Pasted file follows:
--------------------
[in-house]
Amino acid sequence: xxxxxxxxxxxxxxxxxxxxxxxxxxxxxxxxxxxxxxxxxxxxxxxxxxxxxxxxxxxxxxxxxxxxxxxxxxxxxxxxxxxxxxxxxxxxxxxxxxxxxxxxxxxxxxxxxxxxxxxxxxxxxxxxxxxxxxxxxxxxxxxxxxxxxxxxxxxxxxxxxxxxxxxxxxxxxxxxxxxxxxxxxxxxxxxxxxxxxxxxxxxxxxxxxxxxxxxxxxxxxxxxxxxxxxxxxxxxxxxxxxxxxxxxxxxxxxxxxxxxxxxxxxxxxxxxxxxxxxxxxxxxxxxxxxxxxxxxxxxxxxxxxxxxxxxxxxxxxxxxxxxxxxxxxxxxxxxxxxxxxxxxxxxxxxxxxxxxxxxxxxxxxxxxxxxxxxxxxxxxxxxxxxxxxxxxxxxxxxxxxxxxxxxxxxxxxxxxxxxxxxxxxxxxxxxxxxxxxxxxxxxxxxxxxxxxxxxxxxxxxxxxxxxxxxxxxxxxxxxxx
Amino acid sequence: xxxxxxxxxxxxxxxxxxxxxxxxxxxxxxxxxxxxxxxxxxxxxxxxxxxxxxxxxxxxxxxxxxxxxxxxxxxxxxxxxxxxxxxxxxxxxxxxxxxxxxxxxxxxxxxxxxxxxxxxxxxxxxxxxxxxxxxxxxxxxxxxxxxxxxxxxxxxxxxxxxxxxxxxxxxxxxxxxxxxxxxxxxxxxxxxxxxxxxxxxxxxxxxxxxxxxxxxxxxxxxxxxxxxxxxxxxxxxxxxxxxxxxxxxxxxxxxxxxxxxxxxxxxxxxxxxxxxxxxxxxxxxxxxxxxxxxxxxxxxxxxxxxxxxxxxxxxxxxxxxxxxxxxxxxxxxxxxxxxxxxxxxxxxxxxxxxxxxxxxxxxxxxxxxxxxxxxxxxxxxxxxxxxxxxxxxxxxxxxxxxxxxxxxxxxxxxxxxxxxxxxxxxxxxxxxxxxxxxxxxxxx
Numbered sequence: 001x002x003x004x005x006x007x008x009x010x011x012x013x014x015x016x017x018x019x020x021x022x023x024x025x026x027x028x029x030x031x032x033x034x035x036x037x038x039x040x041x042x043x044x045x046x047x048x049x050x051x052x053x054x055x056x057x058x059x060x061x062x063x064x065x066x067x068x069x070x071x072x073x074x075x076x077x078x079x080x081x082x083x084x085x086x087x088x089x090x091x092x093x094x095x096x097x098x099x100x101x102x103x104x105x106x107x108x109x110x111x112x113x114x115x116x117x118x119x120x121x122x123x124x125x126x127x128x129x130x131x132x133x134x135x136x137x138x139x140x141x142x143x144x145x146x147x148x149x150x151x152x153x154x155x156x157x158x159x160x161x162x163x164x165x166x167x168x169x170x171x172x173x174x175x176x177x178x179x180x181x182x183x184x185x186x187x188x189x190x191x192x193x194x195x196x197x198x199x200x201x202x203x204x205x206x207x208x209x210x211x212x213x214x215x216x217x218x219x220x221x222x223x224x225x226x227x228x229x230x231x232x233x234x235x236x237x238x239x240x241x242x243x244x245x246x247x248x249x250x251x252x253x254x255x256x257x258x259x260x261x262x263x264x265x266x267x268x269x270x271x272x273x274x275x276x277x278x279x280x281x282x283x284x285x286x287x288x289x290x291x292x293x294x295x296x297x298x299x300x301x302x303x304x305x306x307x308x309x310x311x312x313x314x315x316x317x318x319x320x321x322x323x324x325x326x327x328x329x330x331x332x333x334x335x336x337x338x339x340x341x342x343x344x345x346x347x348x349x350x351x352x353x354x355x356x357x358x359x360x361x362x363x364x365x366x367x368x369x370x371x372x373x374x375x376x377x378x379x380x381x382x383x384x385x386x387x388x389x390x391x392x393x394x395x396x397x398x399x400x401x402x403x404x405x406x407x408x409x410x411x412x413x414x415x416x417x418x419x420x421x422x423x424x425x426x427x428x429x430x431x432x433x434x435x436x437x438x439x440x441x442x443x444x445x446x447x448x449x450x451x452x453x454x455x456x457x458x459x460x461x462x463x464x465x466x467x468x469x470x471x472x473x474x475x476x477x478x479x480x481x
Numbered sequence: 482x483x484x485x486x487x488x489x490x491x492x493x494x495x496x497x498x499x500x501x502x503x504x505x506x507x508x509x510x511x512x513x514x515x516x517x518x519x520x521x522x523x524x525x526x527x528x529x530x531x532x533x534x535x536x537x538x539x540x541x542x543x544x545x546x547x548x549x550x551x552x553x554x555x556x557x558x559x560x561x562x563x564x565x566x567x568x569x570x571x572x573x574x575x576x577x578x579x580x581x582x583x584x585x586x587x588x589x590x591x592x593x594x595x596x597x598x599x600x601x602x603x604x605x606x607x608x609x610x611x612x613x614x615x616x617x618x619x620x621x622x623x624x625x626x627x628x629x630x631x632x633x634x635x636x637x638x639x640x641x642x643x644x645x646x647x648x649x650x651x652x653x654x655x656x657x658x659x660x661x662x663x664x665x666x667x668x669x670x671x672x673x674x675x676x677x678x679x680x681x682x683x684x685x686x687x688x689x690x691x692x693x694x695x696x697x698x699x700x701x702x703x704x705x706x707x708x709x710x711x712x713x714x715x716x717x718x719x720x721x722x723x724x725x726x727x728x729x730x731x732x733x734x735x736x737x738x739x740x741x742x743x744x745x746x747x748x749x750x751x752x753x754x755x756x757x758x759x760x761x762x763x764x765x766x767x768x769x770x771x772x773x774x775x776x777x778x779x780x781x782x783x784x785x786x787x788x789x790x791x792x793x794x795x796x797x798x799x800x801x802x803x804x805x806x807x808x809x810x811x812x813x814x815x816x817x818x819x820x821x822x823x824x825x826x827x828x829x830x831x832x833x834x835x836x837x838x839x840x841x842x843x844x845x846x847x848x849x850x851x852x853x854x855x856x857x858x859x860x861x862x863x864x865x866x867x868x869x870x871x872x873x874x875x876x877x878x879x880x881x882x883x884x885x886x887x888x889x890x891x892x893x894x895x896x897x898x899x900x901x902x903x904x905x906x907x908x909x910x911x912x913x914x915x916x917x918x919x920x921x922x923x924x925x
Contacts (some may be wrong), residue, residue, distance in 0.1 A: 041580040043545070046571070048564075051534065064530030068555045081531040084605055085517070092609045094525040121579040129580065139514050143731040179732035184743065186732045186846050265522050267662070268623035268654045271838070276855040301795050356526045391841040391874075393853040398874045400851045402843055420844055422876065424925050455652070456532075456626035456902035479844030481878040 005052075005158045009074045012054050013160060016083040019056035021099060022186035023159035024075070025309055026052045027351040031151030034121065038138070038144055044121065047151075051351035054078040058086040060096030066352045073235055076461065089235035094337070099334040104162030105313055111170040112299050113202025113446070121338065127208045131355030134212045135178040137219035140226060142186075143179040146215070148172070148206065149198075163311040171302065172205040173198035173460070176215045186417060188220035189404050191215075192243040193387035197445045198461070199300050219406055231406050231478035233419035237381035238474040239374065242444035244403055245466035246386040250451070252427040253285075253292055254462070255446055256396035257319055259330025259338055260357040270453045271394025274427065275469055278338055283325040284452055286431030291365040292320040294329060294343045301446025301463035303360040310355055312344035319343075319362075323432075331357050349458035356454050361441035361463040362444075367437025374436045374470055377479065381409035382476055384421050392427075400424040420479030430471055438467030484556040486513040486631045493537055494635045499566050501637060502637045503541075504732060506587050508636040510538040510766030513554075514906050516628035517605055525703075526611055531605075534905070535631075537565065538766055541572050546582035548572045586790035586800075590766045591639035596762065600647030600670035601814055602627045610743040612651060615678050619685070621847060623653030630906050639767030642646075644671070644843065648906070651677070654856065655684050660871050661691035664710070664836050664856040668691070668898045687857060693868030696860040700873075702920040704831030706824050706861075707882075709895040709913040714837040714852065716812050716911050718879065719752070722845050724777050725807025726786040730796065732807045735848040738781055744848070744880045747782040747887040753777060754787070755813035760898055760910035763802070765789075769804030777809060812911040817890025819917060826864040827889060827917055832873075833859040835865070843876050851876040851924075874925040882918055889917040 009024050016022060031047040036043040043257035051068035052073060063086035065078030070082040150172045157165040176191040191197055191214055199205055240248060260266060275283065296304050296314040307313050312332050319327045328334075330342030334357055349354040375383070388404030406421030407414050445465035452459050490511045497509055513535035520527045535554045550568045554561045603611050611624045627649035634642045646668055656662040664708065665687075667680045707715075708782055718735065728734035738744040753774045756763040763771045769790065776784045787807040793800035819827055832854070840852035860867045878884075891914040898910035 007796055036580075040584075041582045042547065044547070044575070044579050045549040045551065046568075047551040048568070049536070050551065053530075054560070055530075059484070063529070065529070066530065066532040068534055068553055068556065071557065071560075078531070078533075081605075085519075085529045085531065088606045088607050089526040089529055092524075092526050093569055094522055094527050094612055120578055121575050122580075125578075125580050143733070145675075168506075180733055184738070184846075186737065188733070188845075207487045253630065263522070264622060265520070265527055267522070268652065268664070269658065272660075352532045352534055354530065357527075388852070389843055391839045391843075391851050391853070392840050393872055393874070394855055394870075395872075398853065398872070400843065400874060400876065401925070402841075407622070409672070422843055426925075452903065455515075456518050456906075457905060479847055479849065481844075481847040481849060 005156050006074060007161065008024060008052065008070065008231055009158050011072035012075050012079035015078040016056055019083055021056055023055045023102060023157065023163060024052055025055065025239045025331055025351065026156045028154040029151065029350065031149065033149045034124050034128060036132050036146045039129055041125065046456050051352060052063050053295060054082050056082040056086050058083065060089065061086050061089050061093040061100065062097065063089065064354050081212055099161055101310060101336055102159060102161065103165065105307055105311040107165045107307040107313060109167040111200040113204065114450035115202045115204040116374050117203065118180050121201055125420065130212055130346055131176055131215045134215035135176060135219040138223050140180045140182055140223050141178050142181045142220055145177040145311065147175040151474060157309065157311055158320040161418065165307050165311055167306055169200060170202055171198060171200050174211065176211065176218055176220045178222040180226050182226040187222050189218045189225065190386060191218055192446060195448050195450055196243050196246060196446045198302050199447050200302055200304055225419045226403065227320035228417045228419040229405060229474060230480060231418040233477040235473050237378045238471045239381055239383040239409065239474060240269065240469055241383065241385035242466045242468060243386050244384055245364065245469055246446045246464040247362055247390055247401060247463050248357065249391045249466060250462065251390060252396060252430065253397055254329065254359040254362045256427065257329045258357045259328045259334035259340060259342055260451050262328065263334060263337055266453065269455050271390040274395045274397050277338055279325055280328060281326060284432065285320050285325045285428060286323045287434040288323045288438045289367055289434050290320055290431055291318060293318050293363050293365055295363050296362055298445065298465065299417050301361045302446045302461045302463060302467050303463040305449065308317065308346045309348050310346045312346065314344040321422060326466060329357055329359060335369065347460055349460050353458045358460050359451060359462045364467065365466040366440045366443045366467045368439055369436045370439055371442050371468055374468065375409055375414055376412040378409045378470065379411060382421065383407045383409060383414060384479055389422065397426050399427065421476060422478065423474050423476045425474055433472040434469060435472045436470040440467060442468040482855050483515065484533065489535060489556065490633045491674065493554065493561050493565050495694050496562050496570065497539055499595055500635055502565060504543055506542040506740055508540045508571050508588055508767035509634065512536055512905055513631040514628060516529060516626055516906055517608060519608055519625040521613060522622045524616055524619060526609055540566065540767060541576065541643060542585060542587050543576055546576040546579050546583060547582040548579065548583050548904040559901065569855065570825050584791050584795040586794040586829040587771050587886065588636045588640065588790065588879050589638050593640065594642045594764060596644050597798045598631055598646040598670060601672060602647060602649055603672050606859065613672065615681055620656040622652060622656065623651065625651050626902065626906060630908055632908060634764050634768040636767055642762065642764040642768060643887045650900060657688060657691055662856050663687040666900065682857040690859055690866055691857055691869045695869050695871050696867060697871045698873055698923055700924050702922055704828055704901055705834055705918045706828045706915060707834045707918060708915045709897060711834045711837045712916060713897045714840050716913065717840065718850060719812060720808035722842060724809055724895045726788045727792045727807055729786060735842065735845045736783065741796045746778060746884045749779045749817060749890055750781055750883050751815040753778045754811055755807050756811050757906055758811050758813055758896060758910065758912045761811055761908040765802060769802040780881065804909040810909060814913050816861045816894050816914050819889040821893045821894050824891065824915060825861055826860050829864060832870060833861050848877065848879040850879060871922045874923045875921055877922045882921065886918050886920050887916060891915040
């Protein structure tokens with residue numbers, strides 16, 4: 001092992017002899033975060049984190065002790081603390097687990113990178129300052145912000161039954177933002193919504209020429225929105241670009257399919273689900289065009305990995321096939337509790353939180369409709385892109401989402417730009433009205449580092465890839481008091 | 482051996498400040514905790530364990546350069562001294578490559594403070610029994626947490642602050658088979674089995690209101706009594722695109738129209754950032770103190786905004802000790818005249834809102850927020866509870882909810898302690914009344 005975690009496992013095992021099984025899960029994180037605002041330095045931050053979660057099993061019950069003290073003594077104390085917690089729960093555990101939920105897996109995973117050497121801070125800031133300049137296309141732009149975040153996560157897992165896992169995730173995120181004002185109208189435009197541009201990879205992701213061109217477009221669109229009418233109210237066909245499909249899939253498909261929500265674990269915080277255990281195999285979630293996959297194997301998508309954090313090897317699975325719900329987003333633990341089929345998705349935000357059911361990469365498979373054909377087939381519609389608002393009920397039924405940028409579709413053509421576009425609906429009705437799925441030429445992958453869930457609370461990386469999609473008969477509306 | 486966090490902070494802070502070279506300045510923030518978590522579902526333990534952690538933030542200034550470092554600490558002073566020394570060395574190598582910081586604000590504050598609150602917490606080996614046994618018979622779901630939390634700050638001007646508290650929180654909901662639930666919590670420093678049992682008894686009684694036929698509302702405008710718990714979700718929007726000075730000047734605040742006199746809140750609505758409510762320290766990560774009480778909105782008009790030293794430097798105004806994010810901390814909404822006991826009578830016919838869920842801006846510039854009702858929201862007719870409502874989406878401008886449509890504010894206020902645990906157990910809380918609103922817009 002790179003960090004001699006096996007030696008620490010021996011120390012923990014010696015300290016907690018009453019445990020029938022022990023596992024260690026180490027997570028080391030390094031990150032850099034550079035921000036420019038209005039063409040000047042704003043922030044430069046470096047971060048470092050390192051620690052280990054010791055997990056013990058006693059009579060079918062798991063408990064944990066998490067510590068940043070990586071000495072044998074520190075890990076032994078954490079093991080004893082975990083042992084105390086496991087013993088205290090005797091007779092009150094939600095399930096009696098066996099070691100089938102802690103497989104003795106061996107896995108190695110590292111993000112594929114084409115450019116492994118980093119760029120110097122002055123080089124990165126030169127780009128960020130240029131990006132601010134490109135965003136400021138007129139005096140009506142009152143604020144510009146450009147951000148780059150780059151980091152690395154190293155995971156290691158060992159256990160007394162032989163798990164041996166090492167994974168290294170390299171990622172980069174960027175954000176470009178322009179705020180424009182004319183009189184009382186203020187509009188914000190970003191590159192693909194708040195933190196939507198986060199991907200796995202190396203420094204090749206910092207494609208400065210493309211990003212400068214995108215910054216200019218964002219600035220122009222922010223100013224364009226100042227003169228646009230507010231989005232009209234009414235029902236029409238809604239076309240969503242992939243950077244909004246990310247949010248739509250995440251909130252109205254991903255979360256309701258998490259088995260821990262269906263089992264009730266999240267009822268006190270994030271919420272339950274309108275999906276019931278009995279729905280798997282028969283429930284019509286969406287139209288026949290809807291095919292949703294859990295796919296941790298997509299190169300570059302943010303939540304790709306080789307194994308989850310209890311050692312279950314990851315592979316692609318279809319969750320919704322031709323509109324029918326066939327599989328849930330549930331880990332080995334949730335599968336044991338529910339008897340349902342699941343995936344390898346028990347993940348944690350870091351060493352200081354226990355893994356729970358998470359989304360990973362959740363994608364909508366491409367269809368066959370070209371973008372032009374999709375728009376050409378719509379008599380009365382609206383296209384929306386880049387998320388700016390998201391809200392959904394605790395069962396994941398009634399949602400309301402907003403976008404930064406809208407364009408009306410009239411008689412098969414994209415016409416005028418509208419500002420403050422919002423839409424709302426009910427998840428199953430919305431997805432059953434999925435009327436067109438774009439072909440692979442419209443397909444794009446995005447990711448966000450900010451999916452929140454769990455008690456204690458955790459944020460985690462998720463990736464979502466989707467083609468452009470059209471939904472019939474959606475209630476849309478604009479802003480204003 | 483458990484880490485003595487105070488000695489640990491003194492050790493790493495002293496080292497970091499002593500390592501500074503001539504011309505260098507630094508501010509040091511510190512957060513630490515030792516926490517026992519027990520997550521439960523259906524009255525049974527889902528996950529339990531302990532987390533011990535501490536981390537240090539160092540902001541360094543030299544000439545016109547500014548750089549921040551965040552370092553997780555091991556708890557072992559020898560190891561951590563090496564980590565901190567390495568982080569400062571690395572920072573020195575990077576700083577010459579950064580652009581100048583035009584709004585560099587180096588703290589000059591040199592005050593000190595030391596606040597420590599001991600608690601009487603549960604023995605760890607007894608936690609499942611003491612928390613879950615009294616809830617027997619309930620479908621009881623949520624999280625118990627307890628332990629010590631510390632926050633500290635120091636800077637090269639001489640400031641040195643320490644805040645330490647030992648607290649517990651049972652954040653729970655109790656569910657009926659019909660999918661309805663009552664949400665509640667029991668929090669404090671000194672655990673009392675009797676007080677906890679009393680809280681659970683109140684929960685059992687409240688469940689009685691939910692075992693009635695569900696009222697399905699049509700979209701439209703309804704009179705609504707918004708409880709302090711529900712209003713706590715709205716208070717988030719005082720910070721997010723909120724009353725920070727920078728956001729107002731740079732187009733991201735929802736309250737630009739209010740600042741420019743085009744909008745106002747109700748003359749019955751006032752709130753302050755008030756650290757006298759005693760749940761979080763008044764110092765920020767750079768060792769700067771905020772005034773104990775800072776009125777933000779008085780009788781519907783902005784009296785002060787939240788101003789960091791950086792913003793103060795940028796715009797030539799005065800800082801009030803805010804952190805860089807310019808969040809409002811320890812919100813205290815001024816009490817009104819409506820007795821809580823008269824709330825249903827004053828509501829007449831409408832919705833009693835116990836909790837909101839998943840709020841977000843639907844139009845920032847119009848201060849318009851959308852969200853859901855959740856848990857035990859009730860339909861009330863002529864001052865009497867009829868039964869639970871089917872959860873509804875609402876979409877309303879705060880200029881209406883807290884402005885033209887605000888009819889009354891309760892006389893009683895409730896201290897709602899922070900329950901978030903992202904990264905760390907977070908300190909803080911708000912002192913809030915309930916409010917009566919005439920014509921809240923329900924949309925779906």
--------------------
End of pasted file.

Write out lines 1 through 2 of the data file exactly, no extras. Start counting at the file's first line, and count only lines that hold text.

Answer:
[in-house]
Amino acid sequence: xxxxxxxxxxxxxxxxxxxxxxxxxxxxxxxxxxxxxxxxxxxxxxxxxxxxxxxxxxxxxxxxxxxxxxxxxxxxxxxxxxxxxxxxxxxxxxxxxxxxxxxxxxxxxxxxxxxxxxxxxxxxxxxxxxxxxxxxxxxxxxxxxxxxxxxxxxxxxxxxxxxxxxxxxxxxxxxxxxxxxxxxxxxxxxxxxxxxxxxxxxxxxxxxxxxxxxxxxxxxxxxxxxxxxxxxxxxxxxxxxxxxxxxxxxxxxxxxxxxxxxxxxxxxxxxxxxxxxxxxxxxxxxxxxxxxxxxxxxxxxxxxxxxxxxxxxxxxxxxxxxxxxxxxxxxxxxxxxxxxxxxxxxxxxxxxxxxxxxxxxxxxxxxxxxxxxxxxxxxxxxxxxxxxxxxxxxxxxxxxxxxxxxxxxxxxxxxxxxxxxxxxxxxxxxxxxxxxxxxxxxxxxxxxxxxxxxxxxxxxxxxxxxxxxxxxxxxxxxxxx